MA Kerry by 25 (was 27). Based on polls underestimating Dem motivation, as often happens in safe states. Will be bigger than 2000.
RI Kerry by 21 (was 29). Will be bigger than that, though smaller than Massachusetts (or than 2000).
CT Kerry by 13 (was 17). I'm okay with that.
NY Kerry by 18 (was 25). LMAO. Won't move much from 2000 result.
NJ Kerry by 6 (was 16). I'd guess it'll be a tad more than that, but closer 6 than 16. 8 to 10, say.
PA Kerry by 2 (was 4). I say 4, not that it matters.
OH Bush by 1 (was 4). Looking good, except that Kerry has to win either Ohio or Florida, else he's doomed. Fingers crossed...
IN Bush by 17 (was 16). Yeah, looks fine.
IL Kerry by 12 (was 12). ditto.
MI Kerry by 5 (was 5). ditto.
WI Bush by 2 (was Gore by 0.) Hate to say it, but I believe that's about right.
MN Kerry by 1 (was 2). I'm pretty sure Kerry holds it, not sure whether or not it'll be this close.
IA Bush by 1 (was Gore by 0.) Will be pretty much dead on the national average once more. I'm saying Kerry by 0.
MO Bush by 5 (was 3). Looks a tad high.
ND Bush by 25 (was 28) Looks too low. I'm saying 28 again.
SD Bush by 17 (was 23). I'd love to see that, but we won't. Bush by 20-22.
NE Bush by 29 (was 29). Fine.
KS Bush by 21 (was 21). Fine.
DE Kerry by 11 (was 13). Looks okay. Might be just about in single digits, even.
MD Kerry by 11 (was 16). I say MD will stay three points higher than DE. Smiley
DC Kerry by 73 (was 76). Based on 2000 result plus one single poll with too many undecideds. I look at the Nader vote and think it'll be more like 79.
VA Bush by 6 (was Cool. Fine.
WV Bush by 3 (was 6). I'd a thought it'd swing a we bit more than Ohio...but I guess the Dems would have had to actually campaign in the state for that...I'm not quite writing it off yet, though.
NC Bush by 7 (was 13). Edwards sure having an effect here.
SC Bush by 15 (was 16). Why not?
GA Bush by 16 (was 12). Rich, southern, military. Yeah, might trend that far Republican.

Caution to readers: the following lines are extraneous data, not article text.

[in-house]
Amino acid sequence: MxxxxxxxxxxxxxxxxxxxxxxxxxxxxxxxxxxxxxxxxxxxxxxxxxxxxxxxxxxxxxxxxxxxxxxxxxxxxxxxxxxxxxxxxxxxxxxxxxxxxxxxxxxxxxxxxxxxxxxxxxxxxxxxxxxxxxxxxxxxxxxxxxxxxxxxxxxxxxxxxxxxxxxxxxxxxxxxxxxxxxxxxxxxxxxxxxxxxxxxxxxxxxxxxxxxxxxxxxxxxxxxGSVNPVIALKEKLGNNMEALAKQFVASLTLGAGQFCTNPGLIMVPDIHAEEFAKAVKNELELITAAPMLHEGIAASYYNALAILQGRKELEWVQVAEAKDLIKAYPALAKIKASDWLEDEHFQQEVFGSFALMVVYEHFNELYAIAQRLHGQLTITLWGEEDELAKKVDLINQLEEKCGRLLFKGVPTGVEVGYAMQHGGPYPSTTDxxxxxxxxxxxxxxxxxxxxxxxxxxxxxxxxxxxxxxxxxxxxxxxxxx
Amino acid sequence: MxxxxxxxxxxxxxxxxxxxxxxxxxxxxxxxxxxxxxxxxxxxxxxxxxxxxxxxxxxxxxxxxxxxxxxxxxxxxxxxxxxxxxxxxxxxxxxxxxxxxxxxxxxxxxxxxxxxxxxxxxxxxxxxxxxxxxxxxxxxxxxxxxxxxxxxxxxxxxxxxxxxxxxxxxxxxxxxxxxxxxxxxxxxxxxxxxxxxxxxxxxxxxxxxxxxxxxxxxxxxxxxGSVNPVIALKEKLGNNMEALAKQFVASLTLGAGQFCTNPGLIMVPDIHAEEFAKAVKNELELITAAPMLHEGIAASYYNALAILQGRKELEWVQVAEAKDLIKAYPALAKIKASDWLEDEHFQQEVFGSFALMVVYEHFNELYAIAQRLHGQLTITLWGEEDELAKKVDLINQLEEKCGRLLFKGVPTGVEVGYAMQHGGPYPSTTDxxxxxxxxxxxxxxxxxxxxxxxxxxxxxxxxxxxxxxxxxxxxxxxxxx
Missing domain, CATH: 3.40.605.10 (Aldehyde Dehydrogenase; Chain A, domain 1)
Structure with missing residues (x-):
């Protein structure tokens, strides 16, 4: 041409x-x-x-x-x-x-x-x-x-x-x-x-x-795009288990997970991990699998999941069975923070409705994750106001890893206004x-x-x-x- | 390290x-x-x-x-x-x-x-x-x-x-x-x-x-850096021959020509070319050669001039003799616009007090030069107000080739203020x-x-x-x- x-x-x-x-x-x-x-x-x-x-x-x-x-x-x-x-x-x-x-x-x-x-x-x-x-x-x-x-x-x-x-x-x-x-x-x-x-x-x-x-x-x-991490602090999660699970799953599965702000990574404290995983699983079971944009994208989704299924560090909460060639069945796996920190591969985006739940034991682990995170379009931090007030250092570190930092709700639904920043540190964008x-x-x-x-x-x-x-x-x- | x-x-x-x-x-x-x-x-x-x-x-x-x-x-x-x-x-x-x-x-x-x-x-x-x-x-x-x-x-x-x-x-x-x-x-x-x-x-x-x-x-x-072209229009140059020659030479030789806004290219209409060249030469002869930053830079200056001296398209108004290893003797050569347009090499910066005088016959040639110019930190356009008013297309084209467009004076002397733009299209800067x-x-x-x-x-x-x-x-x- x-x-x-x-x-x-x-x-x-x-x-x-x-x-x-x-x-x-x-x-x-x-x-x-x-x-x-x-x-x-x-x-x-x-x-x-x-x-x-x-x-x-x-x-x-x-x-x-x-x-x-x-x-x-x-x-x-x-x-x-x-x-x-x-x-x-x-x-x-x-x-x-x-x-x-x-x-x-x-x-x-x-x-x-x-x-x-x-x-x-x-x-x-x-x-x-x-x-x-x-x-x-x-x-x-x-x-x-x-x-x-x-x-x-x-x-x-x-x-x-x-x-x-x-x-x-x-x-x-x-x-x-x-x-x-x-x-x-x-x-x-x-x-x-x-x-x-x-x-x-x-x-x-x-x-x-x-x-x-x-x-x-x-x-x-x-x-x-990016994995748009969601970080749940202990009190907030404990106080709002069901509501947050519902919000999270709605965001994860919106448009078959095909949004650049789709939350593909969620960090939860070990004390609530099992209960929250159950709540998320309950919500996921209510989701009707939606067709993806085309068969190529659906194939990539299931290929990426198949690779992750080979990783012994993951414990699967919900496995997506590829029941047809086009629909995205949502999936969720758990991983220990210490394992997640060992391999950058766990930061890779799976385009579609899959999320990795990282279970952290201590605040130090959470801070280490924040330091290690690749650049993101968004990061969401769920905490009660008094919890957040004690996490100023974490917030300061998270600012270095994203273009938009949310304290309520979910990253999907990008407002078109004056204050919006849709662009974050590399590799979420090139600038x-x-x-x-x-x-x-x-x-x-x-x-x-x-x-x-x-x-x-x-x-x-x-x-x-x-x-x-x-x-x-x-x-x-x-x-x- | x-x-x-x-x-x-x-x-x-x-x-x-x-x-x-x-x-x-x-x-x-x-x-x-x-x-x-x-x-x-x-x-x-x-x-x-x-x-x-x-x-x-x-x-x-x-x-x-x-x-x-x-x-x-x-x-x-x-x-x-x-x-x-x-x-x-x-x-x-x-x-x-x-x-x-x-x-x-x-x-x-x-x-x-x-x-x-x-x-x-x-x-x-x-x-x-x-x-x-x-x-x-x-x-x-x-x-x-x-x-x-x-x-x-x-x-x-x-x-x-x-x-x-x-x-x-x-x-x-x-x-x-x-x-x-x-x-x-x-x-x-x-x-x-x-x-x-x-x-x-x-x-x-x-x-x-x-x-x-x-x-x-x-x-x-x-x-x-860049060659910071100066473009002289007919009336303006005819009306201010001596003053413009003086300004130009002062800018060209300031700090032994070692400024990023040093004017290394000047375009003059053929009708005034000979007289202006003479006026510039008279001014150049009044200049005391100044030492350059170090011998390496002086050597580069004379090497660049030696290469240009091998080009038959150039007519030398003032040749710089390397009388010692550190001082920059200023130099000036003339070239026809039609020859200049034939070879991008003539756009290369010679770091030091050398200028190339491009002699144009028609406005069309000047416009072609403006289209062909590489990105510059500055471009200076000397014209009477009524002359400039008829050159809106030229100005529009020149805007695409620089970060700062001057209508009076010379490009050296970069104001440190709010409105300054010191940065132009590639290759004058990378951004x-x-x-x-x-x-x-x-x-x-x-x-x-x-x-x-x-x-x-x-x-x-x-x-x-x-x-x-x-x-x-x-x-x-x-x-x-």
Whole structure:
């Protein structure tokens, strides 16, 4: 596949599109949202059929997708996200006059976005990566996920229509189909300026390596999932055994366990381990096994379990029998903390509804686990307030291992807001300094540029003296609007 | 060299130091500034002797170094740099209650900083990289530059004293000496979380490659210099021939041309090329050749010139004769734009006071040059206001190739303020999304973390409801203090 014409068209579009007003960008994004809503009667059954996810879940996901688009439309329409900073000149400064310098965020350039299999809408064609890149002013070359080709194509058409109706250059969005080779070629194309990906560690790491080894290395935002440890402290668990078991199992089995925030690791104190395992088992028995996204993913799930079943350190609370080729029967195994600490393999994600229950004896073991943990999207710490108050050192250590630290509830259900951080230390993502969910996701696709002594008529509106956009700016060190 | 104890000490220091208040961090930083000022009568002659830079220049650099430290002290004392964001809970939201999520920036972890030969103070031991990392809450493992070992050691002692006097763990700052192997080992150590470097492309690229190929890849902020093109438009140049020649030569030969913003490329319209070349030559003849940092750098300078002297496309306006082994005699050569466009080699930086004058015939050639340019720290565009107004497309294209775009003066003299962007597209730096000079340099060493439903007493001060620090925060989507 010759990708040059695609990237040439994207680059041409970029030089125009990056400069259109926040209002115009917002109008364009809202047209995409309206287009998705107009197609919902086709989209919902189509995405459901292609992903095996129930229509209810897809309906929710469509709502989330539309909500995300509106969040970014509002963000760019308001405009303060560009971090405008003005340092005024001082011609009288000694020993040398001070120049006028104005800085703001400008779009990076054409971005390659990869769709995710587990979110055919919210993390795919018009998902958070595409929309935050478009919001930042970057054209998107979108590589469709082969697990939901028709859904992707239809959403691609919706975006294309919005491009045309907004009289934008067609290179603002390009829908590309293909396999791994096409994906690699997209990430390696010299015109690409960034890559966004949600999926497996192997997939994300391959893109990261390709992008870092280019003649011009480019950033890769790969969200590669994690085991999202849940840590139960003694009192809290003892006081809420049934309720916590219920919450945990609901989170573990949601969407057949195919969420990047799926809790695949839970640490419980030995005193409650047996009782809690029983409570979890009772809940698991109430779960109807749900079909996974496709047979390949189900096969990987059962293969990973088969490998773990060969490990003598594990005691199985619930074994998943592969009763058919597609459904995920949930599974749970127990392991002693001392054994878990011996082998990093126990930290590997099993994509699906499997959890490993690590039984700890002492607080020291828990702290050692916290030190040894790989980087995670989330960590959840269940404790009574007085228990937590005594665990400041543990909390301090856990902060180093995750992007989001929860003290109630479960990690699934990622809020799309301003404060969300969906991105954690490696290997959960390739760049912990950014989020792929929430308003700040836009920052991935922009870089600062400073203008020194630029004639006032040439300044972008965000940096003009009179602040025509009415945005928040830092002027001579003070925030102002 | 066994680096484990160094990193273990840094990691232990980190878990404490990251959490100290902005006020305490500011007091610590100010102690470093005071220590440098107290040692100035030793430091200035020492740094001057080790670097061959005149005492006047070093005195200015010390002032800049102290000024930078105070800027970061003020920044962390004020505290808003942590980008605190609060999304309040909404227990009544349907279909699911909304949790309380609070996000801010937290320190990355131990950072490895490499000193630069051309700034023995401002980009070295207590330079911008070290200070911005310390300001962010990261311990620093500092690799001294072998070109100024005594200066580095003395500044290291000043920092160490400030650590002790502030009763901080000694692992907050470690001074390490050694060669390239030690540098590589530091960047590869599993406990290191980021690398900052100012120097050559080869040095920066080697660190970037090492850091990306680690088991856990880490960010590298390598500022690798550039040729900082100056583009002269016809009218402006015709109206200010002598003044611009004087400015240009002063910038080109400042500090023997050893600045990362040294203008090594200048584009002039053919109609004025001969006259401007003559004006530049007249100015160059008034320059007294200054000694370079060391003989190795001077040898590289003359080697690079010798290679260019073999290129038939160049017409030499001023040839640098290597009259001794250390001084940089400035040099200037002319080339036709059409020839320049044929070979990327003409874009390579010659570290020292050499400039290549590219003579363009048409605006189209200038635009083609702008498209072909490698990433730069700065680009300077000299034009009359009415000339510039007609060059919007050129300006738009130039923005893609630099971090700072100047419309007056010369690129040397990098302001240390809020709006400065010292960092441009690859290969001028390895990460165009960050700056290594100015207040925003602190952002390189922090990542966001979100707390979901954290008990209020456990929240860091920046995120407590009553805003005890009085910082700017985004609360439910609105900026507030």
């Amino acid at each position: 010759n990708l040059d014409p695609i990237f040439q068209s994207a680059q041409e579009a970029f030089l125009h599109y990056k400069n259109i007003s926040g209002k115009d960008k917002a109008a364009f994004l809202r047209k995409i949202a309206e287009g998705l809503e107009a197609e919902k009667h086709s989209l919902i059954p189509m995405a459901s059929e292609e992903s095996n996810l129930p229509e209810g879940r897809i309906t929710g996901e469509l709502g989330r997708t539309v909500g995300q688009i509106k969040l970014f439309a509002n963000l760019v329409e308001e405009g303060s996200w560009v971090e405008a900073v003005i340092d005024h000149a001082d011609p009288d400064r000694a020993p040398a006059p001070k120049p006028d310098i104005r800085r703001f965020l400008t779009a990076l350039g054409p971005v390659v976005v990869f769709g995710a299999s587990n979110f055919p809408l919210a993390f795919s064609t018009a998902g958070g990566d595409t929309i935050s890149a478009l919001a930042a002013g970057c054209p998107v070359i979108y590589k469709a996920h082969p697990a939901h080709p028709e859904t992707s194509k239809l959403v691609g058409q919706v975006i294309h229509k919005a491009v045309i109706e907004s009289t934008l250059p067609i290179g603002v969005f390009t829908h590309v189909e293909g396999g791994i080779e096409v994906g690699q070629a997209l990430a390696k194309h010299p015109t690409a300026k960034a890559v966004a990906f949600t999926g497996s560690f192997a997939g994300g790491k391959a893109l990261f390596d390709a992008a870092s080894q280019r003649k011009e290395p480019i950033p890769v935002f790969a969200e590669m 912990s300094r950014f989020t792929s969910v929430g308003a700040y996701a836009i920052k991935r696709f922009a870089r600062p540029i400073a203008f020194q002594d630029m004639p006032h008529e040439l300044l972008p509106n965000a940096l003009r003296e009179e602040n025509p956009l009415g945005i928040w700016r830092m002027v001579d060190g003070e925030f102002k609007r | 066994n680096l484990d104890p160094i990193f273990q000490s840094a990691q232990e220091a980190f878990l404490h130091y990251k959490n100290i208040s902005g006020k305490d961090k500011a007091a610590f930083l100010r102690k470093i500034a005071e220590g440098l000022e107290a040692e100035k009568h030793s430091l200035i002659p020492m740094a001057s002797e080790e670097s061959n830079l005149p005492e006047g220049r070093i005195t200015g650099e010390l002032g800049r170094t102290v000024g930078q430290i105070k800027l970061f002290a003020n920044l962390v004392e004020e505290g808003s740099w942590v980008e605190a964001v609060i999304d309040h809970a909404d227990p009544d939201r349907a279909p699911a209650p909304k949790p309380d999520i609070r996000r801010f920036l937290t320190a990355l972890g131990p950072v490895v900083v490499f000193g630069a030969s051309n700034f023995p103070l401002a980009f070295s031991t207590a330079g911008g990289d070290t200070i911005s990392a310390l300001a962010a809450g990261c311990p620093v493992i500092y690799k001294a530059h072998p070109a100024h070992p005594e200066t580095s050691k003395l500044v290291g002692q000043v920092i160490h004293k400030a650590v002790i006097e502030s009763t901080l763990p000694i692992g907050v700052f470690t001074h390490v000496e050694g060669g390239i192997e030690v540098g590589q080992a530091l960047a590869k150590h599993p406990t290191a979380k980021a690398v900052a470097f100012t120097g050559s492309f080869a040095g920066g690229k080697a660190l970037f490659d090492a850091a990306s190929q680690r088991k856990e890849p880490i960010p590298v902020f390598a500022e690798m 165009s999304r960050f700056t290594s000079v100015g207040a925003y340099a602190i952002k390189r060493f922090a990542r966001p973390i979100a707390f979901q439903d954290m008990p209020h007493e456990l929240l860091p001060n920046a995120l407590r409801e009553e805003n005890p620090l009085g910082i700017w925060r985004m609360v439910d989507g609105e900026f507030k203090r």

FL Bush by 2 (was 0). Looks the more likely Rep hold by a whisper. Jeb'll manage. Somehow.
KY Bush by 17 (was 15). Fine.
TN Bush by 12 (was 4). Unmasking the Gore effect. Probably spot on.
AL Bush by 20 (was 15). This one looks too high to me. Closer 16, I'd guess.
MS Bush by 16 (was 17). Fine.
AR Bush by 5 (was 5). Looks a tad high.
LA Bush by 12 (was Cool. That may well be.
OK Bush by 27 (was 22).The state's very well polled, due to the Senate race, so I'm taking their word for it.
TX Bush by 22 (was 21). Looking allright.
MT Bush by 23 (was 25). Ditto.
ID Bush by 36 (was 40). Ditto.
WY Bush by 39 (was 40). Ditto.
CO Bush by 6 (was Cool. Ditto, even though that starts to look repetitive. Smiley
NM Bush by 0 (was Gore by 0). I say Dems hold it, but I really don't have a clue. Might swing pretty far in either direction actually, though more likely it'll be dead close again.
AZ Bush by 9 (was 6.) Sounds okay.
UT Bush by 43 (was 40). Yeah...looks mighty mighty, don't it now...but there's quite a couple of polls out...I'll take it.
NV Bush by 4 (was 4). Looking quite right.
WA Kerry by 6 (was 6). Okay, sure. Although I'd say 8.
OR Kerry by 4 (was 0). Whoever said Oregon was a battleground? Oregon is not a battleground.
CA Kerry by 10 (was 12). Okay.
AK Bush by 30 (was 31.) Based on 2000 result and one poll. I have an inkling Alaska is going to be a good bit closer than 2000 actually, though still a Rep landslide win. 20-25, say.
HI Kerry 9 (was 18). Sounds fair. Might be even closer. I say HI beats out NJ for strongest pro-Bush swing.
Overall, the maths says 296-242 for Bush. The gut says 274-264 for Kerry. Or, well, maybe the gut does say 296-242 for Bush after all. But the prediction says 274-264 for Kerry.


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CARLHAYDEN
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« Reply #2441 on: November 01, 2004, 09:14:49 am »

Still waiting for the example of a President seeking reelection who was defeated when the unemployment rate was less than six per cent.
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« Reply #2442 on: November 01, 2004, 07:39:05 pm »

Still waiting for the example of a President seeking reelection who was defeated when the unemployment rate was less than six per cent.

Still waiting for the example of an incumbent president who won when the Redskins lost their final home game before the election.